I miss summer. Yesterday was cold and rainy. This morning, it snowed. Now the sun is playing hide and seek through the clouds but only because the wind won’t let up. It’s the kind of wind that blows your car door wide open, hitting the car parked next to it. Or in my case, gives that extra push when you’re about to lose your footing on the slick ice. Have I mentioned that I hate winter?
While I’m on my mini rant, I might as well add that my teen years were miserable. Somehow I survived the awkward, painful years of liking boys who were too cool to be seen talking to me, begging for contacts, only to find they did nothing for my cool factor, and enduring hours of gym class, humiliated every time I got hit in the face with a volleyball or picked next to last for teams. I wasn’t allowed to go to parties or concerts so I didn’t have much in common with the cool Asian crowd. I wasn’t a band geek, or in drama. I was too shy for student council or anything that involved being in the center of attention. I was a floater who didn’t really fit in anywhere. And then there was that one year when this one girl made up horrible lies about me and everyone believed them. Is it any wonder that I came out the other end wearing black clothes, combat boots, with my nose buried in a book?
Reading was definitely an escape for me, still is, which is why it’s rare that I choose to read about those years. It’s not a time I like to revisit. But First Second hasn’t let me down yet. I have loved everything they put out. This is no exception.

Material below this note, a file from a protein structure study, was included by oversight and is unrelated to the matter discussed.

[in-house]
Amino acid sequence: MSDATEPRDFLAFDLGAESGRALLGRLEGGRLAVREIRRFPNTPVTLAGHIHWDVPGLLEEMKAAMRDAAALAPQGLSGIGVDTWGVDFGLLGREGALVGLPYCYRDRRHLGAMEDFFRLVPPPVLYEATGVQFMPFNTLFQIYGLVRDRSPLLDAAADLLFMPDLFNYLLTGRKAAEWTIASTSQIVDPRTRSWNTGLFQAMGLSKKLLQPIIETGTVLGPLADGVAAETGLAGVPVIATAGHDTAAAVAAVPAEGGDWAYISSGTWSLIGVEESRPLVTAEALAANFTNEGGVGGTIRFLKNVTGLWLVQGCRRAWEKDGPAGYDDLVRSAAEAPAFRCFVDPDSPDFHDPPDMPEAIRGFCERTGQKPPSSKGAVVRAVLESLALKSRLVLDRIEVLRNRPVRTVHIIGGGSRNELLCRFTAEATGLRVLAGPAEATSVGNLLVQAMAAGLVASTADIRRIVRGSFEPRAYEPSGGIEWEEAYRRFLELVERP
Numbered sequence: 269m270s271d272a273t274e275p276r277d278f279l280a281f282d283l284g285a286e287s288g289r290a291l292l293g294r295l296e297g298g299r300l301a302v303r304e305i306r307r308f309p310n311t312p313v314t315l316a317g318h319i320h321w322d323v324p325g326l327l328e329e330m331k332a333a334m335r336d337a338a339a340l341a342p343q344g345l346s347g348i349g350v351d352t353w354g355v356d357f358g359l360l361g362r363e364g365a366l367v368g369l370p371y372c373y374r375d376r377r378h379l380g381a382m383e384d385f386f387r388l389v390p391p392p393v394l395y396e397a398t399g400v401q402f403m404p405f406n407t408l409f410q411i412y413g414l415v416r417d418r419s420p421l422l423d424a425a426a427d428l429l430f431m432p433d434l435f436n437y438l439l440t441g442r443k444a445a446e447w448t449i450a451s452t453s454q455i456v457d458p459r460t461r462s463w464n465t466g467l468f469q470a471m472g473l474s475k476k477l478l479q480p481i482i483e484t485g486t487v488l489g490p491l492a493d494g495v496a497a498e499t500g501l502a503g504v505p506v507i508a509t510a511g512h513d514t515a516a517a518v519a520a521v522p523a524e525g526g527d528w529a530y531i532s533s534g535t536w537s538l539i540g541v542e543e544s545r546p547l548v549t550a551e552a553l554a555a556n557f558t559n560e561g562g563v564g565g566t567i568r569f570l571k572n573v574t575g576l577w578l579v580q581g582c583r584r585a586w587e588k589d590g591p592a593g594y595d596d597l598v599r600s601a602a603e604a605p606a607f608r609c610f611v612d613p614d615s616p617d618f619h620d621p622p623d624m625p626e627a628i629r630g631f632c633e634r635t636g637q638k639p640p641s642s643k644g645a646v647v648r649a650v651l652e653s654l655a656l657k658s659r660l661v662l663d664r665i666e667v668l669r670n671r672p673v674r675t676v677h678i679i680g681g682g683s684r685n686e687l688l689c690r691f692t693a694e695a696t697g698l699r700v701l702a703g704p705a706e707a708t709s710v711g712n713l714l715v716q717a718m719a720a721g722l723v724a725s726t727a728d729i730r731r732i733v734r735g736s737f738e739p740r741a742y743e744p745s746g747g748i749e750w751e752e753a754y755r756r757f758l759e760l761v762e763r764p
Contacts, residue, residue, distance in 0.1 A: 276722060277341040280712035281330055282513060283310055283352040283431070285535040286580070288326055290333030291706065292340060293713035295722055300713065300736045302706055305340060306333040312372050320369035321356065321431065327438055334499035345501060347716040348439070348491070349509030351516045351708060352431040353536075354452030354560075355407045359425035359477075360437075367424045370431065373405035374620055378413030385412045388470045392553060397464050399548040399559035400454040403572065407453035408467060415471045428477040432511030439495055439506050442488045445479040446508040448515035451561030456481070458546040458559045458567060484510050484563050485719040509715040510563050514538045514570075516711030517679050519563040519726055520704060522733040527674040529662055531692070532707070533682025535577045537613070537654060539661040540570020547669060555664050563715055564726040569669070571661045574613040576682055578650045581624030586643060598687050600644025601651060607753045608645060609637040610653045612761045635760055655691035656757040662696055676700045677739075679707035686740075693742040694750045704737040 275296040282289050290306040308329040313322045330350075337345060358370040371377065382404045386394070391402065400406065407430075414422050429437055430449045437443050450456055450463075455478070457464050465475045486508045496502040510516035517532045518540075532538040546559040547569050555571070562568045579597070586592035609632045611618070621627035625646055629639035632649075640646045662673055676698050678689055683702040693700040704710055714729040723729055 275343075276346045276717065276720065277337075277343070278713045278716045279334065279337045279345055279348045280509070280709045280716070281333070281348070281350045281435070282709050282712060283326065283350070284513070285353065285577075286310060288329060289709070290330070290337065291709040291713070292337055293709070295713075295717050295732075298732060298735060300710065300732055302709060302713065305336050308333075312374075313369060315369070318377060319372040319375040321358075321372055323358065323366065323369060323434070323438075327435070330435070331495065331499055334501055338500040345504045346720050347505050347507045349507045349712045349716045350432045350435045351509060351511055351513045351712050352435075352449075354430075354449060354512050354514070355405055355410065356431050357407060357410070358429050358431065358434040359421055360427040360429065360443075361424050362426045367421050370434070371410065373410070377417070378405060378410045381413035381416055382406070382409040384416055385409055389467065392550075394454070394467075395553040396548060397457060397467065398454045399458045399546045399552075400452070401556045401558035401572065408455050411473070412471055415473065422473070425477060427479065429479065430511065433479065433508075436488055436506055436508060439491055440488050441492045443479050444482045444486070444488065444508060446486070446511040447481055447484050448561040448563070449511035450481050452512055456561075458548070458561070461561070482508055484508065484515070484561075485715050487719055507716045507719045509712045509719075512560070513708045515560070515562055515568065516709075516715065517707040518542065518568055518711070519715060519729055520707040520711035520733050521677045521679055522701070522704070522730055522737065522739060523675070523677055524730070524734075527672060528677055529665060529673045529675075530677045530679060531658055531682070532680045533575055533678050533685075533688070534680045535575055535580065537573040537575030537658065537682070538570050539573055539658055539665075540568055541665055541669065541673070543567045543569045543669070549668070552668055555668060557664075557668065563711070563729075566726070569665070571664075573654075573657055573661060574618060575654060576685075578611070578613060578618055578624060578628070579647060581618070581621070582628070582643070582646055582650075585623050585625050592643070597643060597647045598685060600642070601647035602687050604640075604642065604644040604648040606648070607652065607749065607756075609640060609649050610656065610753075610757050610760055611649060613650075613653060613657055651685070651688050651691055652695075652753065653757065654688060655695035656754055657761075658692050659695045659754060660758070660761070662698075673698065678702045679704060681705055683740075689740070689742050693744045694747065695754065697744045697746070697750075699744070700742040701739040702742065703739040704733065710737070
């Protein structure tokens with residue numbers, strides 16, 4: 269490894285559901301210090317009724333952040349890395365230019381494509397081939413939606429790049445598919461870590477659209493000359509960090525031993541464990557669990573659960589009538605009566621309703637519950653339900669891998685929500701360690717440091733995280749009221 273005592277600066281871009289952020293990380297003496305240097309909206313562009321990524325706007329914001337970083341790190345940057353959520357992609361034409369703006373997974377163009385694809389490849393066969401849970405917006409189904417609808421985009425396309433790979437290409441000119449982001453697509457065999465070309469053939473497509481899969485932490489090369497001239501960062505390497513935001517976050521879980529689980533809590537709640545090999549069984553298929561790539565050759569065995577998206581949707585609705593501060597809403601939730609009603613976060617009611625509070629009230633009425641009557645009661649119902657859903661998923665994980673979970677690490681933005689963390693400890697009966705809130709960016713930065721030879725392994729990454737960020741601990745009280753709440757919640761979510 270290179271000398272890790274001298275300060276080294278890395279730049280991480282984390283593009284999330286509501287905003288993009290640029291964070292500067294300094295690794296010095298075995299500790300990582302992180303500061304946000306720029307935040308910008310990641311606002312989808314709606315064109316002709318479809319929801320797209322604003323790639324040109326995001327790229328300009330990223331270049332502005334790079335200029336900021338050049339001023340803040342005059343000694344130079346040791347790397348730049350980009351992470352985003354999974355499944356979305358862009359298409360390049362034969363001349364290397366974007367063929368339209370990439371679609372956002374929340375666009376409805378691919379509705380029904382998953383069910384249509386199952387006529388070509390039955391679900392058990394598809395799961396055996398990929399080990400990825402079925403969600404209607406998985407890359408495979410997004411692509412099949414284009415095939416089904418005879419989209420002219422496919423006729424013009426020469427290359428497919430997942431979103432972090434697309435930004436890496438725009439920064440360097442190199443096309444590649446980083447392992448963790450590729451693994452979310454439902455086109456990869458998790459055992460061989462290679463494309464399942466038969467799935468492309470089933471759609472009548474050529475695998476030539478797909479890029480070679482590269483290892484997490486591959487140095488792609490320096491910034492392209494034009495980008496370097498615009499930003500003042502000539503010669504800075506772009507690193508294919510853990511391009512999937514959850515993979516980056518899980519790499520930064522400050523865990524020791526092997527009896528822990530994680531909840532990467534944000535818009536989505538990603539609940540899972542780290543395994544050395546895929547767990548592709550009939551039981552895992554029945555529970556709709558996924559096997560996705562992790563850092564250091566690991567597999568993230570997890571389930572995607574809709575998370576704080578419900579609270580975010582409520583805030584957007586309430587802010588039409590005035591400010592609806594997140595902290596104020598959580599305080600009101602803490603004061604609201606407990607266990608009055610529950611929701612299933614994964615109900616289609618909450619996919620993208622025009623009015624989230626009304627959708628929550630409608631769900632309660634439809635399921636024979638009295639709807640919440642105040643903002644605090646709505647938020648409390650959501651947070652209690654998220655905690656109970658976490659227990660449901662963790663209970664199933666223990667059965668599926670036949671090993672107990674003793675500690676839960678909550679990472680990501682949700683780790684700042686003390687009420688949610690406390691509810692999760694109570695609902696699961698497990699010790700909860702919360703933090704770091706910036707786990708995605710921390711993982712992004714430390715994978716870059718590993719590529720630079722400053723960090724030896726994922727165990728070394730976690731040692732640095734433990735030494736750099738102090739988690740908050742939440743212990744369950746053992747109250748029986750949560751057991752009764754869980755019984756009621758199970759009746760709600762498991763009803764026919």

“This One Summer” is in blue scale, giving it a melancholy feel. It has beautiful two page spreads without words. And just like in conversation, I appreciate a person who knows when it’s appropriate to speak and when silence says volumes. And sometimes one word can cut through everything. It’s a short story about one summer in Rose’s life. Her family goes to Awago Beach every year, a longstanding tradition that is meant to be a familiar getaway. But this year, life is complicated and they are too tangled to escape it all. There is a dark cloud that follows her mother. Anyone who gets close is bound to feel the storm. As it often happens to teenagers, where you’re no longer a child but not quite an adult, her parents try to shield her from it rather than bring her in, so Rose struggles with what happened and how it affects her. Then there’s the boy at the video rental counter, an older boy, who has his own problems to deal with. Fortunately she has her friend Windy, whose name is very fitting her personality. She’s a little younger and a little immature but keeps her buoyed when life could weigh her down and reminds her to laugh.
There isn’t really an end, or a resolution. Things aren’t resolved in an episode, they aren’t wrapped up in a summer. But Rose learns a little, grows a little. To me, this rings true-such is life. At the end, Rose and Windy try to breathe in as much Asago air as possible, to hold onto that feeling a little longer before heading home. Despite all the angst, there are moments I remember trying to do the same.